An interview with Meredith Goodridge, B.A. Interior Design
1. What got you interested in interior design?
My interest in interior design sparked when I was a little girl. I loved going into Home Depot and kitchen&bath stores to help my mother pick out paint swatches and cabinetry finishes. I was also very fascinated by Nancy, the lady who did our window treatments.
2. Why did you choose a liberal arts college instead of an art school?
I chose University of New Haven because I wanted the full college experience, both academically and socially. At an art school, I would not be required to take English, science, and math classes. I feel like a liberal arts education makes for a well-rounded student. I was also unsure going into college if I really wanted to pursue art/ interior design, so liberal arts was the way to go.
3. Do you apply what you learned in art classes to interior design?
In order to be a successful interior designer, you must know how to design aesthetically pleasing spaces which requires some art background. The first year at New Haven, the interior design department is required to take basic drawing and design classes which taught the principles of art.
4. In what ways is interior design creative?
Interior design is creative because there are multiple ways in which you can arrange or design a space. If five people walked into the same room, each one of those people would probably have a different vision for that room. It is the designer’s job to design spaces that please the client, and make sure that it is aesthetically and ergonomically correct.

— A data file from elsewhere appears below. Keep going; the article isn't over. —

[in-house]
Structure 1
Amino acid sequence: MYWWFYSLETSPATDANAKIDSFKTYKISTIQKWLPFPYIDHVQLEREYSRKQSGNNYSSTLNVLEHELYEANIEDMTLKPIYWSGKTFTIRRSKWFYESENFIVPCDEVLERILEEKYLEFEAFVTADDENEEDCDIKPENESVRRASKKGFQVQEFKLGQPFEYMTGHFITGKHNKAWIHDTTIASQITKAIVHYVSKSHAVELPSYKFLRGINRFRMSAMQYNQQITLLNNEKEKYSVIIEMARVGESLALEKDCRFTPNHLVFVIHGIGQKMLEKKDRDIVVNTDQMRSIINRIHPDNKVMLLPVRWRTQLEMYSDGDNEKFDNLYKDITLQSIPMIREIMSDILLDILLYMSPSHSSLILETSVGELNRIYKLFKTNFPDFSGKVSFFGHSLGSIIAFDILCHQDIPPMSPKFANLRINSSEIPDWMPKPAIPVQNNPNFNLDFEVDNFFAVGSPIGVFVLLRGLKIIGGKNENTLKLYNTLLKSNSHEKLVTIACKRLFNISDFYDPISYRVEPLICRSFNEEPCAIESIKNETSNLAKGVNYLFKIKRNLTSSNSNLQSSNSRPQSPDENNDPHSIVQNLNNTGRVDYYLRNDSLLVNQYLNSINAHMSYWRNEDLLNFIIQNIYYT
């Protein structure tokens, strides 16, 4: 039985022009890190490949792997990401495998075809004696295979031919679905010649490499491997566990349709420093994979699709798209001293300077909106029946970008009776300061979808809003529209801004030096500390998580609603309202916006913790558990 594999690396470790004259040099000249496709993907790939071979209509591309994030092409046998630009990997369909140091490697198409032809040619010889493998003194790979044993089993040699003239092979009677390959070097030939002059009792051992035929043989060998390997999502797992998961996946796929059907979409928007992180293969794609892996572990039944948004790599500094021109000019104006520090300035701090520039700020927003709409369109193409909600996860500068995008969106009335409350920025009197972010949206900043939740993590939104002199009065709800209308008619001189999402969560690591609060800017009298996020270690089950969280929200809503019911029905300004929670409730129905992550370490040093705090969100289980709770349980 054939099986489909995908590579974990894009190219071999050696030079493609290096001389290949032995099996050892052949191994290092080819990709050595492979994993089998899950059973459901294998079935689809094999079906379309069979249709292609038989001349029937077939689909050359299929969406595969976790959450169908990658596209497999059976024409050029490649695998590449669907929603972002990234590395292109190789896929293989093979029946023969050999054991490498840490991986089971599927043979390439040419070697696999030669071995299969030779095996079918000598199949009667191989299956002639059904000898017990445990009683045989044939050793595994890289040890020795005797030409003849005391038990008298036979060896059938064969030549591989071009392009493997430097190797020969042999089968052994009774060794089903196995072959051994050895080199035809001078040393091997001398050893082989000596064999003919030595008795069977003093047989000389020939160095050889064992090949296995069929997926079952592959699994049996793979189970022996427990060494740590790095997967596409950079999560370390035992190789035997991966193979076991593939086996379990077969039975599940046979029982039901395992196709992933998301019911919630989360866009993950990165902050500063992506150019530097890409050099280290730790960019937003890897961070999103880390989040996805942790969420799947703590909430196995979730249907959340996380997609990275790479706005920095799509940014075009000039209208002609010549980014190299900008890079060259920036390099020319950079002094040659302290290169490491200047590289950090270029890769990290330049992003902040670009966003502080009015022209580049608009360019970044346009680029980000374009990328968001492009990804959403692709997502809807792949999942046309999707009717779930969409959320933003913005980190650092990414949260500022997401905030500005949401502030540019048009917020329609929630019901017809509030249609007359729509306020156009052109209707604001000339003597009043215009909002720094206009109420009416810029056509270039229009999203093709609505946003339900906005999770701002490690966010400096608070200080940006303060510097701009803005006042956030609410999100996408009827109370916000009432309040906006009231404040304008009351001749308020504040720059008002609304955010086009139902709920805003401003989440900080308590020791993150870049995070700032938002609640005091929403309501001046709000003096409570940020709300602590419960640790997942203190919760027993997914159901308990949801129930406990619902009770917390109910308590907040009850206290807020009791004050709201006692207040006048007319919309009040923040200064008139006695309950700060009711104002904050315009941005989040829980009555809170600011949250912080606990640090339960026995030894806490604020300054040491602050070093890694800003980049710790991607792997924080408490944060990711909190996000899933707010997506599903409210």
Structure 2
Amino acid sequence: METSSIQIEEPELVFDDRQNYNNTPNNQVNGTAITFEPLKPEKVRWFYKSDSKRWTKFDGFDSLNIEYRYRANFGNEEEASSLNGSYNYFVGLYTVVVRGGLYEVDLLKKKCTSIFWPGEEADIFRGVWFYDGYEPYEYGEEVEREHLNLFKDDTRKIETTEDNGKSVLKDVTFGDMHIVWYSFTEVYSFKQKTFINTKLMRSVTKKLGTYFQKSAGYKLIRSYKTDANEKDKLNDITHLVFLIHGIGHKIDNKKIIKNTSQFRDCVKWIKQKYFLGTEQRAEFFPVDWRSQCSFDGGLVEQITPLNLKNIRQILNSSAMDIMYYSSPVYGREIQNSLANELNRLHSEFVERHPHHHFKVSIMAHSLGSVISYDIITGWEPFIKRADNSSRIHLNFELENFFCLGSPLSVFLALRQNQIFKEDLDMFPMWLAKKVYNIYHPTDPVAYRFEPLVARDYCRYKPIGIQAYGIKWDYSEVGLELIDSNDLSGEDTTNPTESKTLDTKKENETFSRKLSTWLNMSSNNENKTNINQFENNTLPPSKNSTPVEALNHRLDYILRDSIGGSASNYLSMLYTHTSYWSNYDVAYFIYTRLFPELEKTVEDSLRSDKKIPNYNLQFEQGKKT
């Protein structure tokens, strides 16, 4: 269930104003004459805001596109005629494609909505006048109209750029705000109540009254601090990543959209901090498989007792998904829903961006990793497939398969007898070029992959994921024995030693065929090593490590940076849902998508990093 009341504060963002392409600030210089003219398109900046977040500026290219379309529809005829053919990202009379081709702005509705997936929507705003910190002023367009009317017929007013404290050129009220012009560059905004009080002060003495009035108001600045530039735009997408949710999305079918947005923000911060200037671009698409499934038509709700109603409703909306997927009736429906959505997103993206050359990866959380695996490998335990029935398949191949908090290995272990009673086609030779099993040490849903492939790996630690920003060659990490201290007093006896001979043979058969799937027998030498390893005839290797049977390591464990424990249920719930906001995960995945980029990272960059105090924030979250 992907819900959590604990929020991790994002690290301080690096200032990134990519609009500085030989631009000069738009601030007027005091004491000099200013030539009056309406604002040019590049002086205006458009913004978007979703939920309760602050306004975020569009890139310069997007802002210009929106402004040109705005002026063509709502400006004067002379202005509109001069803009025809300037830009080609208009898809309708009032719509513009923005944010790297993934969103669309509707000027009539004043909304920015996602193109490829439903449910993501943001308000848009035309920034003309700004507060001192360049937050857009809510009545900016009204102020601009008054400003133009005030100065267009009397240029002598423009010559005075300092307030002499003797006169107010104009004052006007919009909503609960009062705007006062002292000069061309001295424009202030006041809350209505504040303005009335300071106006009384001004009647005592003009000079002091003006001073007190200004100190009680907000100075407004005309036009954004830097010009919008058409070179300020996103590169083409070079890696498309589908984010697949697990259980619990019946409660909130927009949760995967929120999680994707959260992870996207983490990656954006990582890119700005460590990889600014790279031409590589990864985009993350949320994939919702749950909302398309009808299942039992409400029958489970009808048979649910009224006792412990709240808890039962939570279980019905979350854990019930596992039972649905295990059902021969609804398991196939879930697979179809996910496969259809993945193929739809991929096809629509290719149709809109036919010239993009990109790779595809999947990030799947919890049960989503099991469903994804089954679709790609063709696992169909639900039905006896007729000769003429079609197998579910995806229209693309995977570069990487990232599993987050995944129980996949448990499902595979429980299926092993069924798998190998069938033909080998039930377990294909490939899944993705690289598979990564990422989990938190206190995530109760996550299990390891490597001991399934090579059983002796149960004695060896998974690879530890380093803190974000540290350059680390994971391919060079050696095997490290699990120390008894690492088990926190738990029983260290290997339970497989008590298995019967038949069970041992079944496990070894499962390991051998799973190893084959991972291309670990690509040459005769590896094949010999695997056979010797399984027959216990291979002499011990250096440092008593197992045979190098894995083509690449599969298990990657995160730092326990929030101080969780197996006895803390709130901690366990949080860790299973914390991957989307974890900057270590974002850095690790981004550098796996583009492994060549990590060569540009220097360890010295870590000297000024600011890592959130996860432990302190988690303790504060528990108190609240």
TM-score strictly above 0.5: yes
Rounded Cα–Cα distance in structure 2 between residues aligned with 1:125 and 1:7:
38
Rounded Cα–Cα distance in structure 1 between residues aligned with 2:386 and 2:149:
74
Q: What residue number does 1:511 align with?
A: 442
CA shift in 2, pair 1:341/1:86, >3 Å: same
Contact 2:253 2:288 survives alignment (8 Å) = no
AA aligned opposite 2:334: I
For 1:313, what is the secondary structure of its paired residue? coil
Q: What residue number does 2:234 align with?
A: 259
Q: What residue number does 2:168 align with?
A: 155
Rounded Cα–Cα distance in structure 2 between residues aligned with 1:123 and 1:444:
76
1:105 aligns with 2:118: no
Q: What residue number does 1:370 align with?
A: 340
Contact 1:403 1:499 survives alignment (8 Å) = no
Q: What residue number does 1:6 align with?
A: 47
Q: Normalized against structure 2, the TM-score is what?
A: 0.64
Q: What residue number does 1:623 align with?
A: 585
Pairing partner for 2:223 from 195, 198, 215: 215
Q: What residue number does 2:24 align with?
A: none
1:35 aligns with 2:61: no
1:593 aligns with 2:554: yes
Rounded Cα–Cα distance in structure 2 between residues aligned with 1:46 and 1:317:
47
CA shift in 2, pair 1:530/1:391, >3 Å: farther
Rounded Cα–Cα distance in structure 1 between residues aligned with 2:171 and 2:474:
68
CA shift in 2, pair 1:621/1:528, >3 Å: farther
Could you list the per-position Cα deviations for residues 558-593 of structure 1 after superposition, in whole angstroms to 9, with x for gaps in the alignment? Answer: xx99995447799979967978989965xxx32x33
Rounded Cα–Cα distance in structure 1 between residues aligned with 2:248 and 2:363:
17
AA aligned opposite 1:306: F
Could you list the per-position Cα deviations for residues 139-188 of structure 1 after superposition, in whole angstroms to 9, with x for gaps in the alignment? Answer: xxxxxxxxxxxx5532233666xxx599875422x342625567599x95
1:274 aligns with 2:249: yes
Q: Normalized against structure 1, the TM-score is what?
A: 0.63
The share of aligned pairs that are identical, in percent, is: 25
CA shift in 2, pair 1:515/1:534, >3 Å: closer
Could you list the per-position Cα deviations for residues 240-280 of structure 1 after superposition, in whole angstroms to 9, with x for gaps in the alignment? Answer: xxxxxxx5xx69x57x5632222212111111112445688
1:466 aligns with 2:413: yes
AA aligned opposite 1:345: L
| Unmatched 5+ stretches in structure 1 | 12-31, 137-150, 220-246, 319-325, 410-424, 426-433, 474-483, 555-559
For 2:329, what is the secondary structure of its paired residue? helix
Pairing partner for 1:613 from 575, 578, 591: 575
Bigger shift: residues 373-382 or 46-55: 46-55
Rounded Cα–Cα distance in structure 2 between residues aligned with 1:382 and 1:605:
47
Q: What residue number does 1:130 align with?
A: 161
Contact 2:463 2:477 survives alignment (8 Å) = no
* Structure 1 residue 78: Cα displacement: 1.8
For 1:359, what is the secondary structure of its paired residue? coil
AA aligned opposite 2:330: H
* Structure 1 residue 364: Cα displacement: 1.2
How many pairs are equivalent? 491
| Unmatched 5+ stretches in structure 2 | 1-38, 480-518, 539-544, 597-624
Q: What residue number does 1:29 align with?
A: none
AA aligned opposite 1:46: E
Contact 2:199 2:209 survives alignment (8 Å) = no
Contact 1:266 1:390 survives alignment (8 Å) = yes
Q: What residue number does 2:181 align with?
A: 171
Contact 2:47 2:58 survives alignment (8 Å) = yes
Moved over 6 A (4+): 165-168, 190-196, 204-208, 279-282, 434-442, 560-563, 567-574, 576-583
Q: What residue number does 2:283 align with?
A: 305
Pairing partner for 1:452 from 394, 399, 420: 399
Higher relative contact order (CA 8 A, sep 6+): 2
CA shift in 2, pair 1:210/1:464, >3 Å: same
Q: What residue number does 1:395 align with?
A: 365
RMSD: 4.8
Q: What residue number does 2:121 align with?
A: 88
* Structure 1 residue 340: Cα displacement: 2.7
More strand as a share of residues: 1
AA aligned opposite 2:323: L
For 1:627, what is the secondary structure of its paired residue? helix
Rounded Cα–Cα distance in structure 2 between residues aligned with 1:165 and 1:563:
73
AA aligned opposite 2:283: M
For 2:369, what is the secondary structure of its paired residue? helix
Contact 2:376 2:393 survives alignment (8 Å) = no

5. Would you consider interior design an art form?
Interior design is taken for granted. People spend about 90% of our lives indoors, whether it’s in an office, house, school, or other building. What we don’t realize is an interior designer created each one of these spaces we spend so much time in. That in itself is art.
6. What other areas is interior design tied to? In what direction is it heading?
In this day and age, interior designers are always thinking of new ways to design eco-friendly spaces. Historic preservation is one example of sustainable design. When a space is reused or designed to save space it is working towards LEED points. Designers today are using more fabrics, furniture, paints, etc. which have low emissions and recycled contents.
– Courtney Goodridge